Sometimes even the best accommodations at work aren’t enough to help you keep your job when you have epilepsy. “I can get a job, but I just can't keep it,” said one MyEpilepsyTeam member in regards to unpredictable seizures. Loss of consciousness, convulsive seizures, and the sleepiness that follows many epileptic seizures can be too much to continue working.
When people with epilepsy can no longer work, many in the United States seek Social Security disability benefits. Disability benefits help replace lost income when people with epilepsy have to leave their jobs. “When work caused too much stress that caused my seizures, I knew it was time [to apply for disability],” a MyEpilepsyTeam member wrote.
The process of applying for a disability claim can feel intimidating. Filing an appeal for a rejected claimed can also prove challenging. Understanding the process ahead of time, including what the U.S. Social Security Administration (SSA) considers to determine disability, can ease the process.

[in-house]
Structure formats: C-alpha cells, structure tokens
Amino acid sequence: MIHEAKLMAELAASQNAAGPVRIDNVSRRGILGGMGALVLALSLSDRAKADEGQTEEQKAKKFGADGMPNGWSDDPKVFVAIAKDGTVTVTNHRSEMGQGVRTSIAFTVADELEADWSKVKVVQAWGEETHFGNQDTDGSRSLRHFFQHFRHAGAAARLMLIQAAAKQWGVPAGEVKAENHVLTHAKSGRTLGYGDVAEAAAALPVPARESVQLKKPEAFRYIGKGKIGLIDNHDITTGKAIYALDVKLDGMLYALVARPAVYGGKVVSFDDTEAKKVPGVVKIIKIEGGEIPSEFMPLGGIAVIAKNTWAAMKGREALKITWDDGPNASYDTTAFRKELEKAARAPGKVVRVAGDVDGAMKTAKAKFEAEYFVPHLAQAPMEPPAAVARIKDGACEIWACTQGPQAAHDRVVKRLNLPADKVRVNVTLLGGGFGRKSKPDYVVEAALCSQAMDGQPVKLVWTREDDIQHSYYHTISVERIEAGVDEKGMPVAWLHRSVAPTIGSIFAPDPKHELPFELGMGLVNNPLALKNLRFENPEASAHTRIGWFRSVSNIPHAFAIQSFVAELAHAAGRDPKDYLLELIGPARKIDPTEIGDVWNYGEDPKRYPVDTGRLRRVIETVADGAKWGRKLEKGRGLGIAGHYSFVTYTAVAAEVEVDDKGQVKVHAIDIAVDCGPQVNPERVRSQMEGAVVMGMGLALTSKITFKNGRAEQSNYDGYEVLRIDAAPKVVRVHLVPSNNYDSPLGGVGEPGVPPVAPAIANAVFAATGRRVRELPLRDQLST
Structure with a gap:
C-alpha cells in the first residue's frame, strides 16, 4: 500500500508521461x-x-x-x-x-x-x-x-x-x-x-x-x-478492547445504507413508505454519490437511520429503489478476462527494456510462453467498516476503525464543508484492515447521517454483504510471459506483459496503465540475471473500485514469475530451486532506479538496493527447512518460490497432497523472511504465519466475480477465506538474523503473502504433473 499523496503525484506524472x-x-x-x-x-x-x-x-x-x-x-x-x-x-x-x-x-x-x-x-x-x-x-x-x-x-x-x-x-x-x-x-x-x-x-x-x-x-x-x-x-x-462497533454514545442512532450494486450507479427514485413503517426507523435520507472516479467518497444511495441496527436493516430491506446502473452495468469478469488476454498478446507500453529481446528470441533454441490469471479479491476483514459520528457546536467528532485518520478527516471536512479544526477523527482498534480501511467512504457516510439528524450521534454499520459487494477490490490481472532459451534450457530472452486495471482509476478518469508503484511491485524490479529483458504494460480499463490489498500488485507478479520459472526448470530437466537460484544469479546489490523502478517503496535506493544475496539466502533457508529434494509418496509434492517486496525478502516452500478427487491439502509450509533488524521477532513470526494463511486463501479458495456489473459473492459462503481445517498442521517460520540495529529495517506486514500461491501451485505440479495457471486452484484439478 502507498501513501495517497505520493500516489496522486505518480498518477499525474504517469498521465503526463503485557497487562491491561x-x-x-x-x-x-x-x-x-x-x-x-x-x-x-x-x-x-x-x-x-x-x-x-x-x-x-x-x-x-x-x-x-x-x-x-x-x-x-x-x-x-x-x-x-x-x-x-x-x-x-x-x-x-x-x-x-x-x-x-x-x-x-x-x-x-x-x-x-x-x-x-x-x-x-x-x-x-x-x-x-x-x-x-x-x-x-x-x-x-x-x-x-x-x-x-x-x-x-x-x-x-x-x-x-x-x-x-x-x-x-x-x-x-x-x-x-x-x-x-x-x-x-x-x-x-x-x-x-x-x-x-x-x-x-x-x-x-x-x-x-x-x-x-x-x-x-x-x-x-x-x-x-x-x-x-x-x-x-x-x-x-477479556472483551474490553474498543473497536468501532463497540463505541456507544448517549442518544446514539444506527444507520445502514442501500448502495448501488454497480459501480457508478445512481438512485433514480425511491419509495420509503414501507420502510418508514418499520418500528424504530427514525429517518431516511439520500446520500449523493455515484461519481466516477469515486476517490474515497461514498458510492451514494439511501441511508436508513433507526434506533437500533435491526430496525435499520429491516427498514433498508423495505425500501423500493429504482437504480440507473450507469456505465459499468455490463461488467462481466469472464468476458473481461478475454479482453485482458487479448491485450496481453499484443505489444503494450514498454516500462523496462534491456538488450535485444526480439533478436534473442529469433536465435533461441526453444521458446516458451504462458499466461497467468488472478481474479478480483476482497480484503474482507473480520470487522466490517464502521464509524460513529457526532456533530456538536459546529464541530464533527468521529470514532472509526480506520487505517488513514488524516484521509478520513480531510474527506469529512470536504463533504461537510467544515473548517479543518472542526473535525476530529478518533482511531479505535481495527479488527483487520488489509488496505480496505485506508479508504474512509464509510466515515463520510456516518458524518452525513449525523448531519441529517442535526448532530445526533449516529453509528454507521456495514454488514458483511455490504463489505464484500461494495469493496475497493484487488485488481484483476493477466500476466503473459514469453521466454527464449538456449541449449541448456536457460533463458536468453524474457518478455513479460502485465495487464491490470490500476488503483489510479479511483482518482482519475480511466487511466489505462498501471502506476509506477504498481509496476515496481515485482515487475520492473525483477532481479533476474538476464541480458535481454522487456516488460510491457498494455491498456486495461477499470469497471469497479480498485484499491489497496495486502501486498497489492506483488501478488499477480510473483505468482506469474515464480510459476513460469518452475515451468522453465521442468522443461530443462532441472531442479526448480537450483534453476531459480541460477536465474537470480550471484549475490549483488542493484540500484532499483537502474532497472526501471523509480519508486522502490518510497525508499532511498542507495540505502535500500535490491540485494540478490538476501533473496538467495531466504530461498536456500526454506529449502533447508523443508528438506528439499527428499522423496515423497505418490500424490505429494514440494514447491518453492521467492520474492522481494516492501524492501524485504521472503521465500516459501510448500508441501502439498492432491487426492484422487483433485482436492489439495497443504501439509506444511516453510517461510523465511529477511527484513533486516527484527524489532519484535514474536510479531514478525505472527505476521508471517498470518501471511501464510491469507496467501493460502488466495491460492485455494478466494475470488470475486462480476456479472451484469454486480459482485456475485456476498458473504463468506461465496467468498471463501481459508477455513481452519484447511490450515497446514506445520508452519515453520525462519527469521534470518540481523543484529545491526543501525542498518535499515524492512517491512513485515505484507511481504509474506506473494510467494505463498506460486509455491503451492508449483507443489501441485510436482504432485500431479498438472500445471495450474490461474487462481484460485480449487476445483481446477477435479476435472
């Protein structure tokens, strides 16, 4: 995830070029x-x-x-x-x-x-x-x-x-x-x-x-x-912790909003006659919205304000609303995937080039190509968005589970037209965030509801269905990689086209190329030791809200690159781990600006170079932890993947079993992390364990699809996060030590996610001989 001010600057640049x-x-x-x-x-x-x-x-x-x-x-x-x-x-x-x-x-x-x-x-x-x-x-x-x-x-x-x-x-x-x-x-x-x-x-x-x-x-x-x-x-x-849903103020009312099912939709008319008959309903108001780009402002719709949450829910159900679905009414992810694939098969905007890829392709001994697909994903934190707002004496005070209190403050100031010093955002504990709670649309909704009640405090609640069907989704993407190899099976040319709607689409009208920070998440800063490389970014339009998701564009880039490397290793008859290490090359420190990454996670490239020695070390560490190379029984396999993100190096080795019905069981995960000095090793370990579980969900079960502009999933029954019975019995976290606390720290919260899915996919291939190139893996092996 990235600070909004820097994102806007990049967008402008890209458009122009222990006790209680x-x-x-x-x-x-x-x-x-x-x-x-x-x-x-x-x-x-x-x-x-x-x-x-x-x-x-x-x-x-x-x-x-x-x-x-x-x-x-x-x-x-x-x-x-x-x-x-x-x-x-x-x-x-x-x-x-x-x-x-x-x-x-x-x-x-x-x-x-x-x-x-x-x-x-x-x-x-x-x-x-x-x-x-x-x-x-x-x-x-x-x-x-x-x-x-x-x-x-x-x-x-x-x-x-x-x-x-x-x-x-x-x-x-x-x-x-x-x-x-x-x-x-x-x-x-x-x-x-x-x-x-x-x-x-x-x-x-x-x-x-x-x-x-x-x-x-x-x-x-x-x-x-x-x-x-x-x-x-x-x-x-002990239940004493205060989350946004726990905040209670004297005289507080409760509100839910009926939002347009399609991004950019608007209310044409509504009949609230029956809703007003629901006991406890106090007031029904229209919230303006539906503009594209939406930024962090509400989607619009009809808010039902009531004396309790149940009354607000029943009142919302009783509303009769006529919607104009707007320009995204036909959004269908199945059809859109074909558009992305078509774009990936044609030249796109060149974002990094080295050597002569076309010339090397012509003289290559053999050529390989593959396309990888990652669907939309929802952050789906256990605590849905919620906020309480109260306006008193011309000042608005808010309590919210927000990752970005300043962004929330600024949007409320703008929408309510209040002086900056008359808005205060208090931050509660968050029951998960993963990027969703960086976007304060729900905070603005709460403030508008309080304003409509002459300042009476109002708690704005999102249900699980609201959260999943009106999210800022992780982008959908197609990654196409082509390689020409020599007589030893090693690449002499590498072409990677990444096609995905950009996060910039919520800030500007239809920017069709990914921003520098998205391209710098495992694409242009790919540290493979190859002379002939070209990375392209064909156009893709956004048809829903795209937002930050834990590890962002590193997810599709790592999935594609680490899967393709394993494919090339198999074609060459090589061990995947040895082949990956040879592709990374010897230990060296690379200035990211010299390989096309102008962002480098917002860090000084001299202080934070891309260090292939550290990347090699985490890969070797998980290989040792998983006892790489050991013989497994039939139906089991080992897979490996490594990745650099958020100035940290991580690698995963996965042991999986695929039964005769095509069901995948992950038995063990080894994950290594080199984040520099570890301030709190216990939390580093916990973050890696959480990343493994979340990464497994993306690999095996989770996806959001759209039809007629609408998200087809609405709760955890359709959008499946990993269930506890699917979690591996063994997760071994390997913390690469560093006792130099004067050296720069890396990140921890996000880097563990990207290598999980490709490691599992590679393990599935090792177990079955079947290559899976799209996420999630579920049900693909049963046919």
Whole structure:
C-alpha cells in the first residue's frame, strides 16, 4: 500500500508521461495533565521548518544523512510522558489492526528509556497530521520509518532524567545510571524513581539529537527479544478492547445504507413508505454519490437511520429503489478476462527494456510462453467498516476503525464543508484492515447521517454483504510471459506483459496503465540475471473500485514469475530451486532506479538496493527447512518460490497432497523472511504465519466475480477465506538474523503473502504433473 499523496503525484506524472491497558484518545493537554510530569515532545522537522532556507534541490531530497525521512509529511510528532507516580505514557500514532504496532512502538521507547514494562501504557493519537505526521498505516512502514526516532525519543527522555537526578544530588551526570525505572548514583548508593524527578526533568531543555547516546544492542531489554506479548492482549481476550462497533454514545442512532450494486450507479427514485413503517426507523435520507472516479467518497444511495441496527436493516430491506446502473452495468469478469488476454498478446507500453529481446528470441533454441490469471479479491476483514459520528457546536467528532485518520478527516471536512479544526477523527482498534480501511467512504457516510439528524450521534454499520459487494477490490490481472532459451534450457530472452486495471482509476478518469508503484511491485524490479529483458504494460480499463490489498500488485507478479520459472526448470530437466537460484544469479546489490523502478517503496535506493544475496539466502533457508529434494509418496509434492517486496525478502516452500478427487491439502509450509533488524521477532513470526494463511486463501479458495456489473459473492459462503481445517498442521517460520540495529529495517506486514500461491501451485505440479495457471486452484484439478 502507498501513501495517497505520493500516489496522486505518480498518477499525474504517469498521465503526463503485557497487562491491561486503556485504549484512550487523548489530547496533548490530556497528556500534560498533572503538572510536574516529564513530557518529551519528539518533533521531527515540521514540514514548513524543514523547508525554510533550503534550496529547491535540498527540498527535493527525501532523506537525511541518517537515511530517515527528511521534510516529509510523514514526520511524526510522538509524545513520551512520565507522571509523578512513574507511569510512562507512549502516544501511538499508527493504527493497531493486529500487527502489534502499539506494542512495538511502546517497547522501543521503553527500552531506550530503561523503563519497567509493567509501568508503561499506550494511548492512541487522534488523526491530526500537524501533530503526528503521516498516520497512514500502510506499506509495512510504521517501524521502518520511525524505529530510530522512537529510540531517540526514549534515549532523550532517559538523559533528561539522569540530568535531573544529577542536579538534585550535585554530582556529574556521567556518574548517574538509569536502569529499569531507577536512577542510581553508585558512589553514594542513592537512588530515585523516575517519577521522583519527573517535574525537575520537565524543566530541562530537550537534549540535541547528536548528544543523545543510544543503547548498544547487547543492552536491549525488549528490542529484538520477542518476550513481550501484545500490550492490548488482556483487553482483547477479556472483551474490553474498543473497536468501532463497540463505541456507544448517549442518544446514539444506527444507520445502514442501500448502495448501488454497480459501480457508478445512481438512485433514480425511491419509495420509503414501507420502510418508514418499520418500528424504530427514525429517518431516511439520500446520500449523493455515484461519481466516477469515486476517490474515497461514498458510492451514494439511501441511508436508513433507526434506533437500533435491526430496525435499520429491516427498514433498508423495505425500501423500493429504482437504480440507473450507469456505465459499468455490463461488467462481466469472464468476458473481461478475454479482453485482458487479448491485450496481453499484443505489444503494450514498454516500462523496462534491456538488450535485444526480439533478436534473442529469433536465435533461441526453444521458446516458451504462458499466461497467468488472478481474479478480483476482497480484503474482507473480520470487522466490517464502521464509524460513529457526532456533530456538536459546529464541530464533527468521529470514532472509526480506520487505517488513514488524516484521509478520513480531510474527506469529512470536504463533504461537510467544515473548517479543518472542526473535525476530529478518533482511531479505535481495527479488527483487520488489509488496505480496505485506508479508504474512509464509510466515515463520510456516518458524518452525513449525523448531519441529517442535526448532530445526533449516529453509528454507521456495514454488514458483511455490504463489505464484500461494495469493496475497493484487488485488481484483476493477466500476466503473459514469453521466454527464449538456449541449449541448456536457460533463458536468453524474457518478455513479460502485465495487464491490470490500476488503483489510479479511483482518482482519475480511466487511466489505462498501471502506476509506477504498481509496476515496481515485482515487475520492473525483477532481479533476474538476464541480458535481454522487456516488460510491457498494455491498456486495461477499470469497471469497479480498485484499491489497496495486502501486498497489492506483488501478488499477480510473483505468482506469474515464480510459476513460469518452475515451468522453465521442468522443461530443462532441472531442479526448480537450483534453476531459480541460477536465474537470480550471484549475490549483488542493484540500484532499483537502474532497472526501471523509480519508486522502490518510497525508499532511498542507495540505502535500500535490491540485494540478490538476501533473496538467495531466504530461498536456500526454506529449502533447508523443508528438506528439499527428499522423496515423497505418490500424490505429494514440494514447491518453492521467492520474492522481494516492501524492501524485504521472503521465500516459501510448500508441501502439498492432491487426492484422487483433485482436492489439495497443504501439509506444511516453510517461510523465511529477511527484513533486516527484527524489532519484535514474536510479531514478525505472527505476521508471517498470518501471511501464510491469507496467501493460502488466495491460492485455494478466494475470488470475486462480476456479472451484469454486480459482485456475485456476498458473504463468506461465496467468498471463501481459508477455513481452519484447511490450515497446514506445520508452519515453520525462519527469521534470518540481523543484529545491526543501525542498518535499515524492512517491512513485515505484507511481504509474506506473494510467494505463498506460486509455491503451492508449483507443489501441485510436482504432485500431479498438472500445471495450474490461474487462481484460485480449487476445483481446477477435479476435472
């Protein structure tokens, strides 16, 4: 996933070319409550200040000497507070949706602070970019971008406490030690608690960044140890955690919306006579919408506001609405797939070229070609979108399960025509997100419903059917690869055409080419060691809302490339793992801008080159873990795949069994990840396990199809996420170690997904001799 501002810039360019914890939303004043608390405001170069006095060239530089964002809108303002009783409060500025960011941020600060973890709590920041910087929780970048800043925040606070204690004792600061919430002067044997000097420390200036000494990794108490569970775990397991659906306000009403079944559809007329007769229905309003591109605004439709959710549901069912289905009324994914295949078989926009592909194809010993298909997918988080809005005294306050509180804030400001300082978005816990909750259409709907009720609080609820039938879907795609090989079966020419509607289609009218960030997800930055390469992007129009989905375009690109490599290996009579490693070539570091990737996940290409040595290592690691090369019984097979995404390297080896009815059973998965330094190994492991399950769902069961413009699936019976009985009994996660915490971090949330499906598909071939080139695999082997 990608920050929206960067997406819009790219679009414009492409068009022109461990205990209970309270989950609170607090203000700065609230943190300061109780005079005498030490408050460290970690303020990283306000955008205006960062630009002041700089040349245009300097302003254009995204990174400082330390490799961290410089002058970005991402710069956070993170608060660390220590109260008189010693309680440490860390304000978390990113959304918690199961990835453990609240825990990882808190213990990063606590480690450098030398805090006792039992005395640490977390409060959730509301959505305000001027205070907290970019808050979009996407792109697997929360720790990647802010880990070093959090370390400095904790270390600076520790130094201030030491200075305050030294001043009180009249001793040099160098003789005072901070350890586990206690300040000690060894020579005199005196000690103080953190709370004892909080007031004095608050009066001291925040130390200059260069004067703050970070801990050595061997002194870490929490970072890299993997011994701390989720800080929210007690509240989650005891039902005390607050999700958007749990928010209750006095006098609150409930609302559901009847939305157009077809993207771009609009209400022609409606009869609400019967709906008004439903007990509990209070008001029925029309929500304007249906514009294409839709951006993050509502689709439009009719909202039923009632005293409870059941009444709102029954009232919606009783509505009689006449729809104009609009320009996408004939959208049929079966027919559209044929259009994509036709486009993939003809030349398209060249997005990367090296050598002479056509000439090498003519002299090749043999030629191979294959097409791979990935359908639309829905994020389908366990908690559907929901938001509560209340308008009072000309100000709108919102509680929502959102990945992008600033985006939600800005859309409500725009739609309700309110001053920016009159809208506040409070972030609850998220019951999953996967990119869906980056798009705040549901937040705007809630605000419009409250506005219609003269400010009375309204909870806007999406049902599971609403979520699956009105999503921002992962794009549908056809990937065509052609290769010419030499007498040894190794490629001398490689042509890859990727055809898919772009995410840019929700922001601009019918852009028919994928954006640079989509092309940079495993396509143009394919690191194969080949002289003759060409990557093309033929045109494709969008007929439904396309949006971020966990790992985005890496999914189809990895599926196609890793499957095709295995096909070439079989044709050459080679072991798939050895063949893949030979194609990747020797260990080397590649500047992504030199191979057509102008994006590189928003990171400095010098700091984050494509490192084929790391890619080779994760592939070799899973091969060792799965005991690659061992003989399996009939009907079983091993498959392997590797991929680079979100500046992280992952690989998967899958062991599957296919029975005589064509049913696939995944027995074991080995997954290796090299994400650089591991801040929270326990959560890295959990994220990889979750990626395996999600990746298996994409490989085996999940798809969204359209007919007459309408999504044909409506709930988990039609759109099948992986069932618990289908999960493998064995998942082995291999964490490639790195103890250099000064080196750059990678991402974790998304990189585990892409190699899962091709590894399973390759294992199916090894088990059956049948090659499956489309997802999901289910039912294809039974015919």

There are two different federal disability programs, Social Security Disability Insurance (SSDI) and Supplemental Security Income (SSI). To qualify for either, you must have a disability that limits your ability to work.
Funded through payroll taxes, SSDI gives disability benefits to those who have held full-time jobs in the recent past. If you are approved, you can receive benefits in the sixth month following your disability designation. You will then be eligible for Medicare 24 months after you became disabled.
SSI gives disability benefits to those who are considered low-income; a work history is not a requirement. Once you are approved, you should start to receive benefits in the next month. You may also be eligible for SSI back payments if you became disabled prior your approval.
In most states, if you qualify for SSI, you are also eligible for Medicaid. In some states and territories — Alaska, Idaho, Kansas, Nebraska, Nevada, Oregon, Utah, and the Northern Mariana Islands — you will need to apply for Medicaid and SSI separately, though the requirements for both are the same. “Where I live, to receive Medicaid, you have to be working but stay under a certain income,” one MyEpilepsyTeam member shared.